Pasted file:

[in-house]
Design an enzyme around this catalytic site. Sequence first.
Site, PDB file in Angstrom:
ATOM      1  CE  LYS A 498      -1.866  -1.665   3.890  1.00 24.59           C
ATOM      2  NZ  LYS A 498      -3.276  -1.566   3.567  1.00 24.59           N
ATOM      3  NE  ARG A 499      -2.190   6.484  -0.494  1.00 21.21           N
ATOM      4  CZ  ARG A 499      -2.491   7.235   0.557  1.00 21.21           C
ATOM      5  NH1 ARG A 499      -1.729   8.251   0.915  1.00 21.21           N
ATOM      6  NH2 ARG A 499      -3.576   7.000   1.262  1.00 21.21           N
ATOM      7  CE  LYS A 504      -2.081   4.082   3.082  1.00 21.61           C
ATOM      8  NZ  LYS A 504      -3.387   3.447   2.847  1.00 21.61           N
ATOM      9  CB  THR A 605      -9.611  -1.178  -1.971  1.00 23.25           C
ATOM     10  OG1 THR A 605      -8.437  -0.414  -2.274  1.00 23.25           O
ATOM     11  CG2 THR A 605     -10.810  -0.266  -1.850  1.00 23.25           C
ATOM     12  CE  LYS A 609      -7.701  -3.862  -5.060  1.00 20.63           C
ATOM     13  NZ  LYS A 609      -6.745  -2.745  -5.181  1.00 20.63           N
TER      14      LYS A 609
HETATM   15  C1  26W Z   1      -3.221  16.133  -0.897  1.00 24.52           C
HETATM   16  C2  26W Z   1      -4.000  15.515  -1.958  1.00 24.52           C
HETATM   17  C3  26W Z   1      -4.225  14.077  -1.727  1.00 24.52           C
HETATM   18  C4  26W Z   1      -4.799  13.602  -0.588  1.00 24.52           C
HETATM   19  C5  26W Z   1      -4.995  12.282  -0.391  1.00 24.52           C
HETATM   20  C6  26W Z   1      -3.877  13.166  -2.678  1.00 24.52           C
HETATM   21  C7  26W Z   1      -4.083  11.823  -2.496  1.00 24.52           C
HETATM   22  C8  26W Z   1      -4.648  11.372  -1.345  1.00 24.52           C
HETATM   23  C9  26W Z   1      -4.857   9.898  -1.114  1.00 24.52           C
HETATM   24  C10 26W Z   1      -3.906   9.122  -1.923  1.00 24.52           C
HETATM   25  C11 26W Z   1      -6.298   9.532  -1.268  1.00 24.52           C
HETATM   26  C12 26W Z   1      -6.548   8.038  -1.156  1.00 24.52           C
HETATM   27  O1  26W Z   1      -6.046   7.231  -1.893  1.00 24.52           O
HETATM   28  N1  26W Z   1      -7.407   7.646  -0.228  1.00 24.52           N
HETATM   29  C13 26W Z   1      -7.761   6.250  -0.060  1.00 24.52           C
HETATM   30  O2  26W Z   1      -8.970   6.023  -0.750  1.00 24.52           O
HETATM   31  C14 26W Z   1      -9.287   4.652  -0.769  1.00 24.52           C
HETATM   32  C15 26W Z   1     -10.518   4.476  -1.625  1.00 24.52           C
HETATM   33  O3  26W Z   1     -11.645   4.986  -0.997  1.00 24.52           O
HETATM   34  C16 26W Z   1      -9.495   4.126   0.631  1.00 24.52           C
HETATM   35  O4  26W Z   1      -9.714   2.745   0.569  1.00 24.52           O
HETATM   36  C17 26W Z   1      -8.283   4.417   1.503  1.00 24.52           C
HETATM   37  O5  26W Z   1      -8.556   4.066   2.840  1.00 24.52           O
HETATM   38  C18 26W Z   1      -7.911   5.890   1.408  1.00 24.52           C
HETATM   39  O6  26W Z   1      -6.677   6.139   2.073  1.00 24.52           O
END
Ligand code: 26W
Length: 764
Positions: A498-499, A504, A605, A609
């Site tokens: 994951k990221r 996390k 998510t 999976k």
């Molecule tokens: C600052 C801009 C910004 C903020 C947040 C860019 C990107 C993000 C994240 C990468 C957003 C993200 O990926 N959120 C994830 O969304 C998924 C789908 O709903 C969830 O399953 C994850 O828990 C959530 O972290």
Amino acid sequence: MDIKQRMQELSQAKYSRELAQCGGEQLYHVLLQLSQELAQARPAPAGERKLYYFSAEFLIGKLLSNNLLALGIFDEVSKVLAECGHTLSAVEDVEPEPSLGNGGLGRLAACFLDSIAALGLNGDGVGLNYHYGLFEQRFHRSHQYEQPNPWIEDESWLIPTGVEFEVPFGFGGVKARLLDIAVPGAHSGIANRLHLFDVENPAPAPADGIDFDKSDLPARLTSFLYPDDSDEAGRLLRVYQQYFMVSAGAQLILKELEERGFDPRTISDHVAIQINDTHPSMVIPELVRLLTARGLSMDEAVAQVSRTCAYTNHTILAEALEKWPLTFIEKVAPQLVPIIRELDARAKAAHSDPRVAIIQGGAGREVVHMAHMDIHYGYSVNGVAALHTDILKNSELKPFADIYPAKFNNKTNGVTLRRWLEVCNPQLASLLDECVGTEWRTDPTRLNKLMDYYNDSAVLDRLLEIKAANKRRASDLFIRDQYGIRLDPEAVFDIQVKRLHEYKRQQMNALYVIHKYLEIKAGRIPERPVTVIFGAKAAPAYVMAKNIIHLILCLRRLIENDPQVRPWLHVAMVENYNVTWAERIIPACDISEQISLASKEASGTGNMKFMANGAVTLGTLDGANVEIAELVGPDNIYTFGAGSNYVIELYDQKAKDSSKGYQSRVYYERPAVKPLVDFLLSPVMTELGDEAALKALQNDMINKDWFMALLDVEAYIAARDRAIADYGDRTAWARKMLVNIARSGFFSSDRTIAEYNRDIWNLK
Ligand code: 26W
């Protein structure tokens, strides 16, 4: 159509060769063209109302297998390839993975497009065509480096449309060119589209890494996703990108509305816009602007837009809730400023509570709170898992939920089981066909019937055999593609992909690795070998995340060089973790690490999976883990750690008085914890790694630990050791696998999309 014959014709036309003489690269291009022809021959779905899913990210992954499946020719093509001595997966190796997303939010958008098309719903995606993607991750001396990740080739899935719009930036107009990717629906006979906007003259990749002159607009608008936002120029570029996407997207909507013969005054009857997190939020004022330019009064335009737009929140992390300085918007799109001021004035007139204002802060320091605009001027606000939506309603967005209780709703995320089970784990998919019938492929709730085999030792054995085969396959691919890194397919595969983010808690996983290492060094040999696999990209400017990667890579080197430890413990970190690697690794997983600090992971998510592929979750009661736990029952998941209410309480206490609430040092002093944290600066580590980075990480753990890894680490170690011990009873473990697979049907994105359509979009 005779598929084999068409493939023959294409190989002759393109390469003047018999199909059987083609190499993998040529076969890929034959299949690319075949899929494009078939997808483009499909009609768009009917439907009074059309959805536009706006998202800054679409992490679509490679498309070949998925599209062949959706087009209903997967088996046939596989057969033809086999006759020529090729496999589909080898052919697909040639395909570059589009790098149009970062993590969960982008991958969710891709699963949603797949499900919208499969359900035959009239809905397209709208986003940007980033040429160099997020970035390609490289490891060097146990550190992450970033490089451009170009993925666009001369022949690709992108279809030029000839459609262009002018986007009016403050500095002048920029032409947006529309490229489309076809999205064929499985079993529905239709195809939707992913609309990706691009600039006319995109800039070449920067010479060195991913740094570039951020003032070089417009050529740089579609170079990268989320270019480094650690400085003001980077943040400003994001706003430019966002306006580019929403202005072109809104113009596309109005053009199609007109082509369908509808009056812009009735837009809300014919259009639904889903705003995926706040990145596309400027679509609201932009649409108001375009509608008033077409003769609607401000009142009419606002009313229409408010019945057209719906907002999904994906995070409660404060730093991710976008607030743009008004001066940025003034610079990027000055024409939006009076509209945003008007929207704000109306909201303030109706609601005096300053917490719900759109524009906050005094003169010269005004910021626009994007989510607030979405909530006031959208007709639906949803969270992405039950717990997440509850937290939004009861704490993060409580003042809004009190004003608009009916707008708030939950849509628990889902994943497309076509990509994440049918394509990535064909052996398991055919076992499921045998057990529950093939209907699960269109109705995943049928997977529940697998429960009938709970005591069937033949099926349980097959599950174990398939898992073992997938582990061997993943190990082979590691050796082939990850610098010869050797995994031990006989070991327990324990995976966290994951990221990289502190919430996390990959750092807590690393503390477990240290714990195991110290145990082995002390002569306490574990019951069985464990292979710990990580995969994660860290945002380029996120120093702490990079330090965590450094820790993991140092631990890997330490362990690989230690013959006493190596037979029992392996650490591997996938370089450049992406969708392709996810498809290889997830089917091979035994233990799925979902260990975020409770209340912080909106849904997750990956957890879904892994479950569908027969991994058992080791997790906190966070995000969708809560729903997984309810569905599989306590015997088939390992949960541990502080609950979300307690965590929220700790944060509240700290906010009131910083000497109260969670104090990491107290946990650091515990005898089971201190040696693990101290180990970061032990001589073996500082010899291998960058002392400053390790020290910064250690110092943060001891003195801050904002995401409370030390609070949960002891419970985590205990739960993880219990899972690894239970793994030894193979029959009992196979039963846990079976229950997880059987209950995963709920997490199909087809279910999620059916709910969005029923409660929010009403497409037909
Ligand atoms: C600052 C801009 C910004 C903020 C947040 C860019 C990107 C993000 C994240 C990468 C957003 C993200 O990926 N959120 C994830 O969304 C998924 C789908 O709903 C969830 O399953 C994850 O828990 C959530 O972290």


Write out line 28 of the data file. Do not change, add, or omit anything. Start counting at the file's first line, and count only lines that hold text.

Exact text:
HETATM   25  C11 26W Z   1      -6.298   9.532  -1.268  1.00 24.52           C